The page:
11. DL.Demolition

    DL.Demolition New Member

    I have watched the movie clip you attached and I see your point but there is a big difference between that clip and how another trained fighter would attack you in the octagon.


    I like the clip tho!!
  12. Silentmonk

    Silentmonk The Blue Donkster!!

    OK not wanting to fuel this argument, as i kinda agree with both points of view to some degree. I will just add that i know of 3 highly ranked practitioners in this art in this country. That when they have had any trouble haven't joint locked people but have knocked them straight out. KO's would always be my primary line of attack and are theirs. It just ends things quicker. Also there have been multiple cases where people have locked and broken peoples joints only for them to be knocked out by the assailant and wake up in hospital. A broken bone desn't always end a fight. And i also found it quite hard to get them on when i trained them live. But thats opened me up to ridicule i guess lol :)
  13. DL.Demolition

    DL.Demolition New Member

    that is kinda the point I am trying to make along with the fact that the guys of the UFC are trained to sustain the pain and escape locks and techniques.

    Although I too can see the point that has been made by my friend.

  14. Grippereeno

    Grippereeno New Member

    Cool video....
  15. KSWMark

    KSWMark New Member

    I suppose it depends on the degree of the seriousness of the situation, if its basically life and death then the breaks will be to crucial areas, like the neck. Its not just locks though, strikes to the joints or even strikes to weak areas like the neck will obviously end the fight very quickly.... probably totally irrelavent but still :Angel:
  16. Silentmonk

    Silentmonk The Blue Donkster!!

    True enough, a kick to the nuts hurts like hell too. I wouldn't bet on myself being able to land it everytime. :Angel:
  17. You Won Hwa

    You Won Hwa Valued Member

    Martial art/martial sport

    That is possibly the best distinction I've ever heard about the difference between martial art and martial sport. Thank you.
  18. ember

    ember Valued Member

    I see it differently.

    I see a martial sport as focused on tournaments, competition, and fighting. MMA, UFC, etc., and generally emphasizing people in their peak condition (usually ~18-35 year old men)

    I see a martial art as focused on developing the whole person: Fighting / sparring, meditation, ki training, healing; and having a place for everyone.
  19. TheMightyMcClaw

    TheMightyMcClaw Dashing Space Pirate

    I just really want to point up, once again, that standing joint breaks are perfectly legal in the UFC and similar mixed martial arts competitions. Once again, perfectly legal. You CAN do them. Injuries - including severe injuries - are just another part of the game.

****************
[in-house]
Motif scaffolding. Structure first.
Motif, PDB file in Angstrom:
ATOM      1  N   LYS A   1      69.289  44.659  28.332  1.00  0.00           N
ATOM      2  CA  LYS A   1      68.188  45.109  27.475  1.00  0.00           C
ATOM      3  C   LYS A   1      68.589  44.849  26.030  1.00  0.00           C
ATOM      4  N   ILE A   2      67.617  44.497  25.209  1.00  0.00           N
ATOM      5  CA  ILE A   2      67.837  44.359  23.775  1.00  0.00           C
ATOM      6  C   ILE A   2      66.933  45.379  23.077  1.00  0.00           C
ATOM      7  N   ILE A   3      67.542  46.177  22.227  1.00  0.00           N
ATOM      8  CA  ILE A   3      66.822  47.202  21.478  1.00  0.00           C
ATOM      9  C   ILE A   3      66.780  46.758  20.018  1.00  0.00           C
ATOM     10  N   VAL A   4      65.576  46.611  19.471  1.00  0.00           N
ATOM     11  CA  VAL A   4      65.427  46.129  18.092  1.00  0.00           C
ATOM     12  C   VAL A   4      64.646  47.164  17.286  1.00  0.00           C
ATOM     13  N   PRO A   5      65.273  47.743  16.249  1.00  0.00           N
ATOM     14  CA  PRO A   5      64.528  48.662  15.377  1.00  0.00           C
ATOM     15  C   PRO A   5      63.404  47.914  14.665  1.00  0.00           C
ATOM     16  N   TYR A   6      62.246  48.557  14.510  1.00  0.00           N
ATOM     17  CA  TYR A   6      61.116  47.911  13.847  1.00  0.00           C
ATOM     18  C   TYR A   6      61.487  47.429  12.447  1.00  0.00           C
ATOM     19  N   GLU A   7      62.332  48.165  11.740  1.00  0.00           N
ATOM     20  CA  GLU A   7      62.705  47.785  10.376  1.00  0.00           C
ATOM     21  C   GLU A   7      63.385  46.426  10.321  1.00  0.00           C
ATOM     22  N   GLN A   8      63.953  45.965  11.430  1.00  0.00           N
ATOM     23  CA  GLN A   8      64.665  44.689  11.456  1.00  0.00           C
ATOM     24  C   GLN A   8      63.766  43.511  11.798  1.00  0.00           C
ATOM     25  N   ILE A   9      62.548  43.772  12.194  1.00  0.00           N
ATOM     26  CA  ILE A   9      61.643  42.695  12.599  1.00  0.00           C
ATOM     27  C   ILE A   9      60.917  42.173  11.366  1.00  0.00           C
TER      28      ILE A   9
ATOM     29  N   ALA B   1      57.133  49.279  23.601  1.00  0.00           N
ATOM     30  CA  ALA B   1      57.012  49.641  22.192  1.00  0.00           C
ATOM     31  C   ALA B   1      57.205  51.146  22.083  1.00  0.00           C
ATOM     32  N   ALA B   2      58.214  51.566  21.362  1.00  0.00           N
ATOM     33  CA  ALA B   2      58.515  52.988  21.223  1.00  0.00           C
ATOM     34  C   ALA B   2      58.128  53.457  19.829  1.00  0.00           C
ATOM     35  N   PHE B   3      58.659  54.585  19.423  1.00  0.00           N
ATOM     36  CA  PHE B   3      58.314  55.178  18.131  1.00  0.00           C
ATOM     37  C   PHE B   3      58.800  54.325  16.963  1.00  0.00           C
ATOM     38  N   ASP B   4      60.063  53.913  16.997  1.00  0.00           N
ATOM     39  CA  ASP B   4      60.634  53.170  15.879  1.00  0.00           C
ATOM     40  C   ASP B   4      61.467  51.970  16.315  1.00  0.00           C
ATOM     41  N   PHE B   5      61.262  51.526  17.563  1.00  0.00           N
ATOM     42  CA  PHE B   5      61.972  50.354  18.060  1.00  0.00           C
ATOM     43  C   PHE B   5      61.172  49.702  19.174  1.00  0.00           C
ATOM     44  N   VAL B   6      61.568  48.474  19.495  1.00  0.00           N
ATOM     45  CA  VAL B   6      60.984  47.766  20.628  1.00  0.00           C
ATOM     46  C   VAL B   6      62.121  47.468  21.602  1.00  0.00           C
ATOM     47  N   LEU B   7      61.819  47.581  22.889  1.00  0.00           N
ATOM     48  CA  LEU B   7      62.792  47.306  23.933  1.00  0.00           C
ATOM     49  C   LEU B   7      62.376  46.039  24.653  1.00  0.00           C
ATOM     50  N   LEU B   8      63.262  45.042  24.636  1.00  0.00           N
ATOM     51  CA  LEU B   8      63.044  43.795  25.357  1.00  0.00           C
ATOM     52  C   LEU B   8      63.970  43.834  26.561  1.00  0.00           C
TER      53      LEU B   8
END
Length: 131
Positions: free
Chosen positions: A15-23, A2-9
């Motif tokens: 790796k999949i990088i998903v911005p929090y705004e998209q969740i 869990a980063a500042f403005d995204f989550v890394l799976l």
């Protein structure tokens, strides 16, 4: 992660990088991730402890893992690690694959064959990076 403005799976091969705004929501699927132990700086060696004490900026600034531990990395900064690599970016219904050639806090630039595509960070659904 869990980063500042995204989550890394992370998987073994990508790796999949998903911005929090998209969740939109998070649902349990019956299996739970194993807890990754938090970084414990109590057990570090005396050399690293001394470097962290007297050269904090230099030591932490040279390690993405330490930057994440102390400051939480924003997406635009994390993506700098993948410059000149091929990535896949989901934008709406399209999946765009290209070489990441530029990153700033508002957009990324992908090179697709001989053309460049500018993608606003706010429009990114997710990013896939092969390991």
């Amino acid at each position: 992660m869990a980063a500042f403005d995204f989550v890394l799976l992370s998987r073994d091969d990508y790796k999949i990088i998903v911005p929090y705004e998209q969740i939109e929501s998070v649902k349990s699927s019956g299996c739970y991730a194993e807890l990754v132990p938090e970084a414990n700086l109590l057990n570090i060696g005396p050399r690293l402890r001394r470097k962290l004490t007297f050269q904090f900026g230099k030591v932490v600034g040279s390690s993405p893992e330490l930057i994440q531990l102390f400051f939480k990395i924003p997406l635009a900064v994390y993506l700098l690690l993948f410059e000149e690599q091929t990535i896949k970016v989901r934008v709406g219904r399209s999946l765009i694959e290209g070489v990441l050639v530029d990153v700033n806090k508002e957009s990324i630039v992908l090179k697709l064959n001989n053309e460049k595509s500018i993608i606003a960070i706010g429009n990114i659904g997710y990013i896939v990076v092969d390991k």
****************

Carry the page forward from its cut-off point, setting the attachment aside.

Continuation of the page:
The rules against "small joint manipulations" refer only to finger and toe breaking. Wrists and ankles (along with knees, elbows, shoulders, spine, whathaveyou) are all legal areas for applying finishing holds too.

    Personally, though I am not a KSW practicioner (I wish I was.... there just isn't any in my area), it seems to me that it could be effective as PART of an MMA training regimen, IF the practicioner was willing to adapt his skills to that environment. This would also mean training in things, which as I understand, are not part of the usual KSW syllabus (such as submission grappling).
    It'd be the same as if you wanted to fight in a kendo match (KSW uses swords a lot, right?). You'd have to adapt what you learn to the kendo environment. Some things might not be practical for it, other things might have to be studied up on or developed.
  20. AZeitung

    AZeitung The power of Grayskull

    That was Tony Jaa. Tony Jaa fought Muay Thai. Tony Jaa also did a lot of gymnastics as a kid, some performance wushu, and some other stuff. However, as I understand it, he primarily studied Muay Thai. It you read the interviews with him about Ong Bak, you'll see that he says that he pretties up his MT moves with a lot of gymnastics for the movies.

    That clip isn't an illustration of a good way to fight, and I'm sure if you talked to Tony Jaa, he would say that real fighting is nothing like that. I feel like I'm having trouble explaining myself here - I guess what I'm trying to say is that this isn't a very good illustration of non sport fighting. Tony Jaa is a sport fighter who is an excellent gymnast with good acting and performance MA skills.

    This shouldn't be taken as a "see outside of the ring, fighting becomes more like this". It's be more like "only in a controlled environment where there's no danger of injury can someone fight like this". Tony Jaa admits that the things he does for movies only look that way because they're meant to look that way. If you saw Ong Bak, you might very well thing "ooh, Kung Fu" - but all that fancy stuff is just Muay Thai in a non-resistive, safe setting, with some gymnastics. He doesn't really fight like that - It's not that the rules prevent him from fighting like that. Most of the things he does in Ong Bak would be legal in a thai boxing match (ok, most of the stuff in THIS clip of him wouldn't be legal in Thai Boxing, but it *would* be perfectly legal in MMA). It's just that the fancy, TMA looking things don't work when the other guy hits back hard and doesn't go down on command.

    I also want to point out, never in Kuk Sool did I train anything that was illegal in MMA (ok, there was this one biting seminar, but I didn't go to it). Wrist lock, elbow locks, shoulder locks, kicking, punching, knife hands and palm strikes are all legal.
    Last edited: Jun 10, 2006